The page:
With a full day of fab 4 fun, 20 bands and non-stop music for all ages, as The Beatles sang, "It's Guaranteed to Raise a Smile."
For further info, visit website or call (203) 795-4737.

Hi Kent: 
An FYI for you ...
I will be on the air again on WMSE 91.7 in Milwaukee on Dewey’s Corner, Friday at approximately 6 PM ... available on the internet.
We will be counting down a WRIT Survey from April, 1968, 50 years ago. This list will feature a couple of Milwaukee Groups, a couple of Chicago Groups, etc.  And, as always, we play Records!
Tune in if you get a chance.
Ken Freck

kk –
Here’s another one of my all time favorite WKRP quotes …
After Les Nesman' s news and big introduction, the Venus Flytrap show is about to begin … "More Music and Less Nesman."

While flipping thru the channels late the other night I stumbled upon “Reefer Madness,” the cult-favorite propaganda film, and was shocked to learn that Frannie had never seen it before!  (I clearly remember being shown this film in high school, some 40+ years ago, when it was already wildly out of date by then!)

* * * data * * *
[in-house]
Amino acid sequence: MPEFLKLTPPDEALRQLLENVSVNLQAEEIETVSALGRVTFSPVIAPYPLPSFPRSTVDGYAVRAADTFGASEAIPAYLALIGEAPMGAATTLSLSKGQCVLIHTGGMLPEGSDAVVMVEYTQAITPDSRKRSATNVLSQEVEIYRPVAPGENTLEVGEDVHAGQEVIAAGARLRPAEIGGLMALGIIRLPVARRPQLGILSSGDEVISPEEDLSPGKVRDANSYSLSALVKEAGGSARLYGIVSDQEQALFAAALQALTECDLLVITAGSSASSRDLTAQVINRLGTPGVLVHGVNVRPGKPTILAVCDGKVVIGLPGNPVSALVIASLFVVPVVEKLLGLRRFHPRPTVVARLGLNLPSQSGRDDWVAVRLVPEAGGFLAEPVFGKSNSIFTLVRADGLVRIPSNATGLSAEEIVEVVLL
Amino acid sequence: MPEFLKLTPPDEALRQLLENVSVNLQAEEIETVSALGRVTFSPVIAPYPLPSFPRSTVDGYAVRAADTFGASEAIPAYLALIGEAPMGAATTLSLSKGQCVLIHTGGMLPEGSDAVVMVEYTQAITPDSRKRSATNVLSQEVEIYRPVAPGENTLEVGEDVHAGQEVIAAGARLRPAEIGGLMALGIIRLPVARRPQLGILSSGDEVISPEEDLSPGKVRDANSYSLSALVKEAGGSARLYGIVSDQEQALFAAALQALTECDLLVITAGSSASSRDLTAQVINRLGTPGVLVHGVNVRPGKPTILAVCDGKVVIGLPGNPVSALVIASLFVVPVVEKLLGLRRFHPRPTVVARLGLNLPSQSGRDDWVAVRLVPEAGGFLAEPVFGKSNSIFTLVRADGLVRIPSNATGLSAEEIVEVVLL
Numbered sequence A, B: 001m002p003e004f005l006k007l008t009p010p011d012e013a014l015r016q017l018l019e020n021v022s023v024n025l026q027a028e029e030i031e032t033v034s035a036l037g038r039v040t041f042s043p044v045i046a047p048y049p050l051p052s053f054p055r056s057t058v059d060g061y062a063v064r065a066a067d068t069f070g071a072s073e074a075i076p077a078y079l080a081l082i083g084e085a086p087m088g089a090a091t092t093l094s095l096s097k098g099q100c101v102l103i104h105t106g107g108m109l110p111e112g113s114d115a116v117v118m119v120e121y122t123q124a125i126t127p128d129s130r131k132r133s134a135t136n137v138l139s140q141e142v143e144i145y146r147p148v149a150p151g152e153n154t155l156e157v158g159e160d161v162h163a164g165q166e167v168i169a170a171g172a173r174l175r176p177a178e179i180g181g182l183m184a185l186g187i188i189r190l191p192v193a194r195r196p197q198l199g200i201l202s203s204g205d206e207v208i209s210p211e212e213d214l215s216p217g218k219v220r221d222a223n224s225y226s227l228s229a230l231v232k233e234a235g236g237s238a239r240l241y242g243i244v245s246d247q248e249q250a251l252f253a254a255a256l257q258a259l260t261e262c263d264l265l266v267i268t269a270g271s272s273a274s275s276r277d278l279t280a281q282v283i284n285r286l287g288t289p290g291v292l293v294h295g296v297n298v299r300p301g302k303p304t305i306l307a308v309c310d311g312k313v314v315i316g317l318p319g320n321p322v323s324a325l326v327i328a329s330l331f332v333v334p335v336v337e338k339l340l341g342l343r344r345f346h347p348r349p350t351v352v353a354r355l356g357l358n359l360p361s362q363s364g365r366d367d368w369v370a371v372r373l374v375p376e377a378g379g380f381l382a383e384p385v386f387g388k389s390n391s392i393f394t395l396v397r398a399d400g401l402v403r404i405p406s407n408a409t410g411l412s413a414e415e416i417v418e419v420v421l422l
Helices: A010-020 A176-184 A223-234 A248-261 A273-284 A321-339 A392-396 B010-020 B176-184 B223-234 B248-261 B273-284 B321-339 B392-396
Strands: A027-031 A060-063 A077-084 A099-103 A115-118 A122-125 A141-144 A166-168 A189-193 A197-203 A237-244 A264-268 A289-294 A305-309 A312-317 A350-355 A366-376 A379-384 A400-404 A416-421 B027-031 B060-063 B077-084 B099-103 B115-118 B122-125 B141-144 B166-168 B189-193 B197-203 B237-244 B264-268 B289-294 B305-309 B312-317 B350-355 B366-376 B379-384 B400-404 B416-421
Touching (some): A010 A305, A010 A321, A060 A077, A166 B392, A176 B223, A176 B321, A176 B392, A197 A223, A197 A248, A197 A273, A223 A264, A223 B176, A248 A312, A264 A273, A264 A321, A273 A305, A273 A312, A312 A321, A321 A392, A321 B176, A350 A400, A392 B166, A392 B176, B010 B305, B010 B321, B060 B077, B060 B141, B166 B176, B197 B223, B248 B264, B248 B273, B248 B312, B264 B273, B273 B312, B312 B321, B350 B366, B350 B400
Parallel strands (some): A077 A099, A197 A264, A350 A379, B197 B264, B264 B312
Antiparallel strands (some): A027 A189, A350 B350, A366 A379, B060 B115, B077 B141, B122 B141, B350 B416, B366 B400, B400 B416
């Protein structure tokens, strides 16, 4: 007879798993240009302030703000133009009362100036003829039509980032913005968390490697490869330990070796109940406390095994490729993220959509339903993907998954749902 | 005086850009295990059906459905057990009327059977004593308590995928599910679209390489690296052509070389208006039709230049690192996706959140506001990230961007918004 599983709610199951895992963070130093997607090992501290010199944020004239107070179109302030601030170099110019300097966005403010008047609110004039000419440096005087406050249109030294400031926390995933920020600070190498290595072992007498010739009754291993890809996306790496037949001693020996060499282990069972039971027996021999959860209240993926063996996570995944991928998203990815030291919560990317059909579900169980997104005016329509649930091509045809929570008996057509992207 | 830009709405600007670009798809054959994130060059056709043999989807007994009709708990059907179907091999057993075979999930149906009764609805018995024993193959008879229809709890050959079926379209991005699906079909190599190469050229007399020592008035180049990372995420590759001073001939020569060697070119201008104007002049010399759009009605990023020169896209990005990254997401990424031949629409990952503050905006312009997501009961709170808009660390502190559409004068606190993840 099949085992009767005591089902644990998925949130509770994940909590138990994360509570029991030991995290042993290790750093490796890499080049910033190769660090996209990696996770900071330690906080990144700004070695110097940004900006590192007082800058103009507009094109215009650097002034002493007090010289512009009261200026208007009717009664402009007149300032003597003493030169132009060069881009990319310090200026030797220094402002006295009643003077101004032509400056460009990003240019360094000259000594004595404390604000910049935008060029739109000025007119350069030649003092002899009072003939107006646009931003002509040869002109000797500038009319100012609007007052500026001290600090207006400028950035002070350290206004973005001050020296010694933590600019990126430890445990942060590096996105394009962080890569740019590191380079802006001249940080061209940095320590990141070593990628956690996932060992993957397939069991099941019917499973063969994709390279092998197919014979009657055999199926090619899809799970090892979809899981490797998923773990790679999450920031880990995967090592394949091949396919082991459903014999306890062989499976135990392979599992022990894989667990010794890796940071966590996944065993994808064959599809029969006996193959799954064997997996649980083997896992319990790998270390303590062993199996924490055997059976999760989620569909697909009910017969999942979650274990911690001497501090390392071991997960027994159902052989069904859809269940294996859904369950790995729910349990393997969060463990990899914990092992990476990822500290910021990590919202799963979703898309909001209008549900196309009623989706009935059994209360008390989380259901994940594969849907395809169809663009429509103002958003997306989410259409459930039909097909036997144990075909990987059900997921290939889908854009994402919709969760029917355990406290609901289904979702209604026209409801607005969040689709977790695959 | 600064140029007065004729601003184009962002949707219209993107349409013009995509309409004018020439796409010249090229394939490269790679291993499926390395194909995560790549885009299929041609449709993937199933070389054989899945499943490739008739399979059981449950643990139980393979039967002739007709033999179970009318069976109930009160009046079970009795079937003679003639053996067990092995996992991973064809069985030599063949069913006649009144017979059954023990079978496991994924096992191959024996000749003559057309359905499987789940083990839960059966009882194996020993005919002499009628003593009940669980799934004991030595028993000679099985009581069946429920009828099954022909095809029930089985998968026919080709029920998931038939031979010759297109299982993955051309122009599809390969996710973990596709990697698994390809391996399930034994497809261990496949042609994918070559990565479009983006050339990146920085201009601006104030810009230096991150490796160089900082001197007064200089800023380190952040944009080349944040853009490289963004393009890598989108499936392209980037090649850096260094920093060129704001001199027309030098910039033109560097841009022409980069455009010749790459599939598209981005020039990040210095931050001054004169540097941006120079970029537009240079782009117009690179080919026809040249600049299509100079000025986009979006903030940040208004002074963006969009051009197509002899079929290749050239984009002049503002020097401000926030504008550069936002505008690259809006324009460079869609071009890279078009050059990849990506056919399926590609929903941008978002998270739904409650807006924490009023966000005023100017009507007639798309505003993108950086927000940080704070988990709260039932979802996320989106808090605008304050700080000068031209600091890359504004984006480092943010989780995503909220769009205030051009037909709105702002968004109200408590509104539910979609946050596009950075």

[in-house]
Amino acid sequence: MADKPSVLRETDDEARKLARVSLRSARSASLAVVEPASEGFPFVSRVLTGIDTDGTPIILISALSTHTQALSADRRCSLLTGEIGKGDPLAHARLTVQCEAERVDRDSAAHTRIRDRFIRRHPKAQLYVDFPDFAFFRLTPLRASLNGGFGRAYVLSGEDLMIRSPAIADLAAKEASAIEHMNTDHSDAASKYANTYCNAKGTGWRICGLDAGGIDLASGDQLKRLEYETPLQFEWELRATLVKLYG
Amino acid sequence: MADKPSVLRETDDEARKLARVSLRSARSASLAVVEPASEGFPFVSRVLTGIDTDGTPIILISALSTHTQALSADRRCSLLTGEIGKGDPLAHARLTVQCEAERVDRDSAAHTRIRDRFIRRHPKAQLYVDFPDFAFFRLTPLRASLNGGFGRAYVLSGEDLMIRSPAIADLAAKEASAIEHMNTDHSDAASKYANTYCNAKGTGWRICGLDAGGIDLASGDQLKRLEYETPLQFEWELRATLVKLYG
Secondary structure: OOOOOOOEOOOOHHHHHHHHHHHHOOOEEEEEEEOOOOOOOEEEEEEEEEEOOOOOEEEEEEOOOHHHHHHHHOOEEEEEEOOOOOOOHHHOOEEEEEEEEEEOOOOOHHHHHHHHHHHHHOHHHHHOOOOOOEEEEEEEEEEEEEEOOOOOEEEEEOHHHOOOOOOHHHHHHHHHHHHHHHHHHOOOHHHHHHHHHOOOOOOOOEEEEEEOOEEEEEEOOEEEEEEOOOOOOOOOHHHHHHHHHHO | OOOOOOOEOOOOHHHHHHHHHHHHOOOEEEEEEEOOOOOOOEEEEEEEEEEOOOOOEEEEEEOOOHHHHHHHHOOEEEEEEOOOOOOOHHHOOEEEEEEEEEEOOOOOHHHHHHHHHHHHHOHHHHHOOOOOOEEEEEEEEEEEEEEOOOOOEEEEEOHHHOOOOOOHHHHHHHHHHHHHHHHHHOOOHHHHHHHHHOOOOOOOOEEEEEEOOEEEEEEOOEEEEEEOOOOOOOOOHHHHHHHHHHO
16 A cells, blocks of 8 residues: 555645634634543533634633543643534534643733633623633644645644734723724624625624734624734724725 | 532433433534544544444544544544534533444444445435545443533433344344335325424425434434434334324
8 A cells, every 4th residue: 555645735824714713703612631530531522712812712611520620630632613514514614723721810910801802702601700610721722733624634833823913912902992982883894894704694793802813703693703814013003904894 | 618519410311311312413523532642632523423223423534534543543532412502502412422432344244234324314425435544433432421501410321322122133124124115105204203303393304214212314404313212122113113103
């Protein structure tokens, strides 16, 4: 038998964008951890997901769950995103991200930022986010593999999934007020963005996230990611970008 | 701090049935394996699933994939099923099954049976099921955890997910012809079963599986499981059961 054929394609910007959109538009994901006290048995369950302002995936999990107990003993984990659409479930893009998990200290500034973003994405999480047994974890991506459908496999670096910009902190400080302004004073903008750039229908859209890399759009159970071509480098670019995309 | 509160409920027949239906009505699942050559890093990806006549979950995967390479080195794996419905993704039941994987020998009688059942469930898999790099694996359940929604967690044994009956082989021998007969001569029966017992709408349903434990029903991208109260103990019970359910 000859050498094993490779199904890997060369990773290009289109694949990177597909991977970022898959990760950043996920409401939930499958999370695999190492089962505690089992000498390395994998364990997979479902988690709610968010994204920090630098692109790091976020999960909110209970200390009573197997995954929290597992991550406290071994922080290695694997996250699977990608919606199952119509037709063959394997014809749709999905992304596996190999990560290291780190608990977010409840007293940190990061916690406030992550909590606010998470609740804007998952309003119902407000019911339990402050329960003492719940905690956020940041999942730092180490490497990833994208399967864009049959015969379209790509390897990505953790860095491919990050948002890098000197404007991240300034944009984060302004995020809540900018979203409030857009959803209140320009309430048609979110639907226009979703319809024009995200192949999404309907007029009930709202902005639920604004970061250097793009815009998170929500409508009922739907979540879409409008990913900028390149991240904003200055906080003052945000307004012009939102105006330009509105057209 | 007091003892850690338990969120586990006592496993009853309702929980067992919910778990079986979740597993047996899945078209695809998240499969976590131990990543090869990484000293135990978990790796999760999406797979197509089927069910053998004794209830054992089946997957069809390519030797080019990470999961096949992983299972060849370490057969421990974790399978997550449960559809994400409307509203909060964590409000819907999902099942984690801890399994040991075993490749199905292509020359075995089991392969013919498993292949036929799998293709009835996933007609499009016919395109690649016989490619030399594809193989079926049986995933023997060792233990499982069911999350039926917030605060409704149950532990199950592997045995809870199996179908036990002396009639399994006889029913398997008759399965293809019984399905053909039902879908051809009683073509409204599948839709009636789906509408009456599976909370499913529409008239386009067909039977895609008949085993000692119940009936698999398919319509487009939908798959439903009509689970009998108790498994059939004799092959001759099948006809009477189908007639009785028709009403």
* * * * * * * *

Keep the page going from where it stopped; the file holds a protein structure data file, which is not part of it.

Almost impossible to think that this film is now 90 YEARS OLD!!!  (And amazing to me to know that even back then, some 90 years ago, they were already referring to the dreaded marijuana (then spelled with an “h” instead of a “j”) as “reefer” and “weed” … I guess I just always thought that this was some type of slang come up by our generation!
In addition to being horribly dated and terribly acted, I am happy to report that the film is just as hysterical as ever.  (We especially liked “the laughing man”!!!)  This was one of those flicks that always seemed to make the bill during all those Midnight Movies we went to back in the late ‘70’s and early ‘80’s … but I hadn’t seen it since.  Check your cable listings as typically something like this will end up airing several times over the course of the month.  (kk)